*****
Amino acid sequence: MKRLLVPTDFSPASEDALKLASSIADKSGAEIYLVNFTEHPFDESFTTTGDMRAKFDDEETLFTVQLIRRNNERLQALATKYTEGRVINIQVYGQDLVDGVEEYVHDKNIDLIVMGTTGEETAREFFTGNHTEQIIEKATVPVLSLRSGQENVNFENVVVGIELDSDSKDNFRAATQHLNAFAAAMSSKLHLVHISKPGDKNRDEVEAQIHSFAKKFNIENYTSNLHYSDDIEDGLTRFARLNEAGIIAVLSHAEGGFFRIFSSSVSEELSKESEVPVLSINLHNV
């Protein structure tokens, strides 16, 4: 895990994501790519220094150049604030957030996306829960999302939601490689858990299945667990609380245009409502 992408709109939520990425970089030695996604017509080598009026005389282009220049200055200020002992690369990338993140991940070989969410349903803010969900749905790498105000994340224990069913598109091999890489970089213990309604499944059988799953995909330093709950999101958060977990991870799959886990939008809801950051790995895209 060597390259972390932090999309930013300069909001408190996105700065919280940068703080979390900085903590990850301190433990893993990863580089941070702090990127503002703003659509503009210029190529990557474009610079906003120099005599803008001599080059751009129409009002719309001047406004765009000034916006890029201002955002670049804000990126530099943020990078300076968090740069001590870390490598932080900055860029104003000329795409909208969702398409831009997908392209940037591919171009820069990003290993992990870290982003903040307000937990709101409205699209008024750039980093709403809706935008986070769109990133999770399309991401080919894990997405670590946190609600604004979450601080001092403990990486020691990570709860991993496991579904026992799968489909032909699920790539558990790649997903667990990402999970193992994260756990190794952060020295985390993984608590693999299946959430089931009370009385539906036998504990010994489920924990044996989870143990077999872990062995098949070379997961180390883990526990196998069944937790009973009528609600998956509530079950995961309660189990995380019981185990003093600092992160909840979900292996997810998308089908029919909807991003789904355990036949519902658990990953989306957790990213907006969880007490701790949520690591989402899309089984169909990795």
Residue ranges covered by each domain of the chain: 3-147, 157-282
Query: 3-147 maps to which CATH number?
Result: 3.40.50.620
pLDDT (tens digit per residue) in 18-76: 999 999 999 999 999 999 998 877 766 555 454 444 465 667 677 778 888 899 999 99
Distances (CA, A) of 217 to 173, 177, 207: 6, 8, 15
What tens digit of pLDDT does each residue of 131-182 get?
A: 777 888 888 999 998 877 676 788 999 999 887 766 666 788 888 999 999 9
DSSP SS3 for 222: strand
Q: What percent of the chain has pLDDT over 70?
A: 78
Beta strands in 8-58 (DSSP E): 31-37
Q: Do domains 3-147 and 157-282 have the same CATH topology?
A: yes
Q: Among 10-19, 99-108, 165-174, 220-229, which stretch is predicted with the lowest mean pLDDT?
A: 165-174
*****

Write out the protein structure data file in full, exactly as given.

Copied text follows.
Amino acid sequence: MKRLLVPTDFSPASEDALKLASSIADKSGAEIYLVNFTEHPFDESFTTTGDMRAKFDDEETLFTVQLIRRNNERLQALATKYTEGRVINIQVYGQDLVDGVEEYVHDKNIDLIVMGTTGEETAREFFTGNHTEQIIEKATVPVLSLRSGQENVNFENVVVGIELDSDSKDNFRAATQHLNAFAAAMSSKLHLVHISKPGDKNRDEVEAQIHSFAKKFNIENYTSNLHYSDDIEDGLTRFARLNEAGIIAVLSHAEGGFFRIFSSSVSEELSKESEVPVLSINLHNV
């Protein structure tokens, strides 16, 4: 895990994501790519220094150049604030957030996306829960999302939601490689858990299945667990609380245009409502 992408709109939520990425970089030695996604017509080598009026005389282009220049200055200020002992690369990338993140991940070989969410349903803010969900749905790498105000994340224990069913598109091999890489970089213990309604499944059988799953995909330093709950999101958060977990991870799959886990939008809801950051790995895209 060597390259972390932090999309930013300069909001408190996105700065919280940068703080979390900085903590990850301190433990893993990863580089941070702090990127503002703003659509503009210029190529990557474009610079906003120099005599803008001599080059751009129409009002719309001047406004765009000034916006890029201002955002670049804000990126530099943020990078300076968090740069001590870390490598932080900055860029104003000329795409909208969702398409831009997908392209940037591919171009820069990003290993992990870290982003903040307000937990709101409205699209008024750039980093709403809706935008986070769109990133999770399309991401080919894990997405670590946190609600604004979450601080001092403990990486020691990570709860991993496991579904026992799968489909032909699920790539558990790649997903667990990402999970193992994260756990190794952060020295985390993984608590693999299946959430089931009370009385539906036998504990010994489920924990044996989870143990077999872990062995098949070379997961180390883990526990196998069944937790009973009528609600998956509530079950995961309660189990995380019981185990003093600092992160909840979900292996997810998308089908029919909807991003789904355990036949519902658990990953989306957790990213907006969880007490701790949520690591989402899309089984169909990795």
Residue ranges covered by each domain of the chain: 3-147, 157-282
Query: 3-147 maps to which CATH number?
Result: 3.40.50.620
pLDDT (tens digit per residue) in 18-76: 999 999 999 999 999 999 998 877 766 555 454 444 465 667 677 778 888 899 999 99
Distances (CA, A) of 217 to 173, 177, 207: 6, 8, 15
What tens digit of pLDDT does each residue of 131-182 get?
A: 777 888 888 999 998 877 676 788 999 999 887 766 666 788 888 999 999 9
DSSP SS3 for 222: strand
Q: What percent of the chain has pLDDT over 70?
A: 78
Beta strands in 8-58 (DSSP E): 31-37
Q: Do domains 3-147 and 157-282 have the same CATH topology?
A: yes
Q: Among 10-19, 99-108, 165-174, 220-229, which stretch is predicted with the lowest mean pLDDT?
A: 165-174